Net neutrality is being undermined by big American internet providers. Here is how we can help.
To our American friends, have we got news for you! Are you a consumer of streaming videos online, but your videos seems to buffer forever? In that case try to use a VPN, just like ours. If you are by any chance a client of Verizon or Comcast and also happen to use Netflix, then you’ll be sad to learn that these network providers seem to be interfering with your hi-speed connection the moment you are trying to use it for watching hi-res videos. Since the beginning of the year this trend has been obvious. It manifested itself in the statistics that Netflix is publishing every month. Netflix's speed rankings show that video streaming performance on Verizon and Comcast has been dropping for the past eight months.
In the middle of last February, Ars Technica reported that users of Netflix have started to use VPNs as a way to bypass the slowdowns imposed on them:
- We’ve heard from several readers who say they've eliminated video problems by using VPN services. "Netflix on Comcast tanked for us in the past month or two," one commenter wrote. "We would spend more time buffering than actually watching video. Once we set up a VPN it magically went away."
- Another reader sent us bandwidth statistics from his home that compared traffic on Comcast to traffic over a VPN, saying the poor Comcast performance proves that "they throttle Netflix heavily." Similar accusations have been leveled against Verizon.
A proof of work
That was in February, but accusations against Verizon have since then continued to grow. A few days ago they were illustrated in a video that showed how a VPN connection solves speed issues.
The video was made by Colin Nederkoorn, co-founder and CEO of Customer.io. “I wasn’t sure how to test my Netflix speed”, writes Nederkoorn in his blog. “After a bit of googling I found an article by Wired on how to test your Netflix streaming speed. I followed their steps and I was shocked. The video on netflix actually shows you how fast it is streaming to you which is helpful for diagnostics. Keep in mind, I pay Verizon for 75 mbps down, 35 mbps up on my Fios connection”.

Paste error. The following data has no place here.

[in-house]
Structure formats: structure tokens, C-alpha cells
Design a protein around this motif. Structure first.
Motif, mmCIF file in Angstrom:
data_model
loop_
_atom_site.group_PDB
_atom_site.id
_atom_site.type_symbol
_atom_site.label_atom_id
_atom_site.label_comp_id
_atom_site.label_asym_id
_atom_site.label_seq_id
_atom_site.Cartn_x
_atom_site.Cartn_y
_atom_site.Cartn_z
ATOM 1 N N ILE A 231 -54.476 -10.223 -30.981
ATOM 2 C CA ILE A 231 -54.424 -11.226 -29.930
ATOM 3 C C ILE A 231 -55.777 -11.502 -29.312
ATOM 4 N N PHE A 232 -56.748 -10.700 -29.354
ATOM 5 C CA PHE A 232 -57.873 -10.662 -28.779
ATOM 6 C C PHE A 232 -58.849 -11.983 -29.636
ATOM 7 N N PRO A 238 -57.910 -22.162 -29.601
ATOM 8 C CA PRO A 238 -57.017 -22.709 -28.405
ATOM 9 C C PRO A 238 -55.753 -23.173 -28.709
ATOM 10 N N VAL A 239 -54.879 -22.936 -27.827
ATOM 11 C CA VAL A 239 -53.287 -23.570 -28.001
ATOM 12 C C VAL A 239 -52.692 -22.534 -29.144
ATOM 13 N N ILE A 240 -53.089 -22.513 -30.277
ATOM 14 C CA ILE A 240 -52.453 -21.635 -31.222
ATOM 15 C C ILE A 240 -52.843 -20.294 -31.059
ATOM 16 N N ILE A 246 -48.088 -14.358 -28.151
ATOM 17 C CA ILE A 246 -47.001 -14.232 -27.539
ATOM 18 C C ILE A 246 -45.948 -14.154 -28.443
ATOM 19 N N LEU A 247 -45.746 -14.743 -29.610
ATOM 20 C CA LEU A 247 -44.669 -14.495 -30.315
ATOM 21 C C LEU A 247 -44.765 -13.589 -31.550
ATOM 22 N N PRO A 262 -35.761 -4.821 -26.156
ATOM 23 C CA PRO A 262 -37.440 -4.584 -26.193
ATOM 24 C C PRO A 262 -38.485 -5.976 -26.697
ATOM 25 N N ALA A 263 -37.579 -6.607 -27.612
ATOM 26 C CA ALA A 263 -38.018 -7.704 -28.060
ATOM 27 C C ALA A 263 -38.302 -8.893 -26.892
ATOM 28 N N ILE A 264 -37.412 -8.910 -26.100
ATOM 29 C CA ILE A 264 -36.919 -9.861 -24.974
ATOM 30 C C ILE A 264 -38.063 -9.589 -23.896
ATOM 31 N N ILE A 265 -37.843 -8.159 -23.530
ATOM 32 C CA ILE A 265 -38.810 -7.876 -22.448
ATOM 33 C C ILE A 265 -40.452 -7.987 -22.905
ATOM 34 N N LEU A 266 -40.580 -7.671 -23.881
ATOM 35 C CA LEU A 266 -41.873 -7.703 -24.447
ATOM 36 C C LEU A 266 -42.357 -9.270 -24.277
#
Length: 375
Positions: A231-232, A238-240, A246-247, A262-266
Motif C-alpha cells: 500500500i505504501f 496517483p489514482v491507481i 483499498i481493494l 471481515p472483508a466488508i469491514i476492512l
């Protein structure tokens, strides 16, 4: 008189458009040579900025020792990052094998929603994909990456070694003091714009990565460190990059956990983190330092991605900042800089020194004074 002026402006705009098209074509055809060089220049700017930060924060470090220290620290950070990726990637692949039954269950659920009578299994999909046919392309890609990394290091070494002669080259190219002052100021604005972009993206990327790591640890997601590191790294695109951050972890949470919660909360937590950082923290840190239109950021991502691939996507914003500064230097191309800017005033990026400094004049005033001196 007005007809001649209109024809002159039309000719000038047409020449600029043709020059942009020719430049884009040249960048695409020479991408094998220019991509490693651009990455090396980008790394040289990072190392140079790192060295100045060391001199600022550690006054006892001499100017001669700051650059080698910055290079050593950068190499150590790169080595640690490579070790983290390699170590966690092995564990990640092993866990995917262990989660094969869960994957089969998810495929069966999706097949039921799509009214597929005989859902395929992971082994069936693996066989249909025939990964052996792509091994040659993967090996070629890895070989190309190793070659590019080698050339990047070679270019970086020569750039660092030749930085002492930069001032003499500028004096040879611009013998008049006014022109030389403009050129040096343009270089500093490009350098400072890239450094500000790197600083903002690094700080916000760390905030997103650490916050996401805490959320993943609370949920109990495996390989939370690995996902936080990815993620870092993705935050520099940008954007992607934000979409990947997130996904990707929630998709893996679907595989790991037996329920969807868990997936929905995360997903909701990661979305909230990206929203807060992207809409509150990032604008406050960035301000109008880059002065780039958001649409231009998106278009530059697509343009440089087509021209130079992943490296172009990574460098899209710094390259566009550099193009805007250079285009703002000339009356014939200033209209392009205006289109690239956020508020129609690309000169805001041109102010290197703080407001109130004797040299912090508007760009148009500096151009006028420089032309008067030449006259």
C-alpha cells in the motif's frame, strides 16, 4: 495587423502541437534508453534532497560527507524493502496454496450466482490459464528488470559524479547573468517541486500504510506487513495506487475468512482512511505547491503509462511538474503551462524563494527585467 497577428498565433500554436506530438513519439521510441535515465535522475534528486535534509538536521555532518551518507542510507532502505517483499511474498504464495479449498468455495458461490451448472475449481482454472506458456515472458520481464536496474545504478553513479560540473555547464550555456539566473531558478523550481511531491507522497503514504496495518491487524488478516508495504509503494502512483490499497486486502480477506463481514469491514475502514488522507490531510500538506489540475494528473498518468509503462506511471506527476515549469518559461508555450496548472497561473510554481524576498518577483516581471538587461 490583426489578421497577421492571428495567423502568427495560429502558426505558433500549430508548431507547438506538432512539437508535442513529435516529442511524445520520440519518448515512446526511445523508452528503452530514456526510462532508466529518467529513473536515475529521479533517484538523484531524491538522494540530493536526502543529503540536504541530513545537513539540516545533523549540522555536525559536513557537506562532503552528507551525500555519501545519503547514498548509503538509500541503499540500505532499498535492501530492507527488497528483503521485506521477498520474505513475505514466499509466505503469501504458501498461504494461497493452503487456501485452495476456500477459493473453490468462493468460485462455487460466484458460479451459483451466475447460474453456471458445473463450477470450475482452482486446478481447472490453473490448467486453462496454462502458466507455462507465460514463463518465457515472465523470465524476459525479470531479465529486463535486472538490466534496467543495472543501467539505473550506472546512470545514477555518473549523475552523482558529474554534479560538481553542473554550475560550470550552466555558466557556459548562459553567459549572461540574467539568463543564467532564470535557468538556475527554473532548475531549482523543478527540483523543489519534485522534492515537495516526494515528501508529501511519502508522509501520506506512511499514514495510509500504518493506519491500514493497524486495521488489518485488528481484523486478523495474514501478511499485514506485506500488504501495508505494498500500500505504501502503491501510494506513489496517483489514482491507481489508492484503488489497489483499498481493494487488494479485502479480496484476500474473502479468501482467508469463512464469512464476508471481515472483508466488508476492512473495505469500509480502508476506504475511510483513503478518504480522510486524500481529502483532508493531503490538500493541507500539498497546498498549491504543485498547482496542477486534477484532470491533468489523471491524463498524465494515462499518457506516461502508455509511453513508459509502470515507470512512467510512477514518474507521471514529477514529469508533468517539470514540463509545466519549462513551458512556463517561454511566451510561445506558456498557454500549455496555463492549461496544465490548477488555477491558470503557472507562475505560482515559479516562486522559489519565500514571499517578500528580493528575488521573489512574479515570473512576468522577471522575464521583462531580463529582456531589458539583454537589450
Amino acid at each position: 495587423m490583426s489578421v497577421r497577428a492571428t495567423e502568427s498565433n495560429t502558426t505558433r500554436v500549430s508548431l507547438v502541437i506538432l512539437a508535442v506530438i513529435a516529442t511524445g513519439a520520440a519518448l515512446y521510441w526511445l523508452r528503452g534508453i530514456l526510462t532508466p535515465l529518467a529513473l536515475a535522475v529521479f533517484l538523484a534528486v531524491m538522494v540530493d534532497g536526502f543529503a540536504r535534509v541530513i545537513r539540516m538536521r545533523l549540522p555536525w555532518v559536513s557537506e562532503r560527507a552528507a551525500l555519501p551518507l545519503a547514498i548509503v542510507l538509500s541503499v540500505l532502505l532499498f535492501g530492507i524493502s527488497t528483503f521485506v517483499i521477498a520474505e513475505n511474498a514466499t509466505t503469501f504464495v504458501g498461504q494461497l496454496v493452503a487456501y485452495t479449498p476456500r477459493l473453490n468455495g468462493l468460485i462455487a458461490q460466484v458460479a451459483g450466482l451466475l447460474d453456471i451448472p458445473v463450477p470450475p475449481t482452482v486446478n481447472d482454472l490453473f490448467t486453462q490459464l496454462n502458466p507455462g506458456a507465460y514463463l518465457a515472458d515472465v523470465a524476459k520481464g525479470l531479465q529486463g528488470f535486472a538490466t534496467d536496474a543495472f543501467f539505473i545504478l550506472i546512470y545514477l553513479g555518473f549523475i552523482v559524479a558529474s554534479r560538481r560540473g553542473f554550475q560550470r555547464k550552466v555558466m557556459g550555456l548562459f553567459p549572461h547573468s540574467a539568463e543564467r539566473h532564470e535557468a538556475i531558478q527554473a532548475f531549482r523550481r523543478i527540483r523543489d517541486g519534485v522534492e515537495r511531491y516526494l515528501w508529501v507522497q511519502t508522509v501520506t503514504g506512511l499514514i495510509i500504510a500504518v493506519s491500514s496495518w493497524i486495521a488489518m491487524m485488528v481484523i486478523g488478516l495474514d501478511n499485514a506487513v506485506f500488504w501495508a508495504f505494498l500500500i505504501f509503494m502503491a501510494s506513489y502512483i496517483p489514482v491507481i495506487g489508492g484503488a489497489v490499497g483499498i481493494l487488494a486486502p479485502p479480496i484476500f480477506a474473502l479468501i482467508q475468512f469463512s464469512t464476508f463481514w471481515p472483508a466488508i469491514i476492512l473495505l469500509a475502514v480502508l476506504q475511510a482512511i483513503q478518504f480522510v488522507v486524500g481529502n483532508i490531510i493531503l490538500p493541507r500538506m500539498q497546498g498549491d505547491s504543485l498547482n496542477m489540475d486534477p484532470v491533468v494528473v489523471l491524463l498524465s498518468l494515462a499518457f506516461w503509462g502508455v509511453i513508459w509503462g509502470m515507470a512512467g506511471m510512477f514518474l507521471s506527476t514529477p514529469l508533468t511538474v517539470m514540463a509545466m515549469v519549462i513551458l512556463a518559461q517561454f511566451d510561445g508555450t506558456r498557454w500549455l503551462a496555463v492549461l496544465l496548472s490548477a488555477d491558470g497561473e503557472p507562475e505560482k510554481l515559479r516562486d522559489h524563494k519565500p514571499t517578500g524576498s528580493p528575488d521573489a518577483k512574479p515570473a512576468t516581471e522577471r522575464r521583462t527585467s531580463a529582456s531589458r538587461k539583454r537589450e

“This Netflix video streams at 375 kbps (or 0.375 mbps – 0.5% of the speed I pay for) at the fastest. I was shocked. Then I decided to try connecting to a VPN service to compare. My hypothesis here was that by connecting to a VPN, my traffic might end up getting routed through uncongested tubes. Basically, if Verizon is not upgrading the tubes that go to Netflix, maybe I can connect to a different location (via VPN) first where Verizon will have good performance and there will be no congestion between location 2 and Netflix”.
Was it successful?
“I connect to a VPN and I quickly get up to full speed at 3000 kbps (the max on Netflix), about 10x the speed I was getting connecting directly via Verizon. It seems absurd to me that adding another hop via a VPN actually improves streaming speed. Clearly it’s not Netflix that doesn’t have the capacity. It seems that Verizon are deliberately dragging their feet and failing to provide service that people have paid for”.
Since the video was published, in a matter of a week it was viewed half a million times. What it proves is that internet providers are de facto moving away from the Net Neutrality model. It signals a scary future in which the people with means will have access to hi-speeds while the rest of the dying middle class will only have access to turtle speed internet. This not only threatens the internet as a whole, but also the right for free expression, privacy and free access to information.
We would love to hear from our American users how ZenMate has helped them by pass this draconian new net discrimination. Tell us in the comments!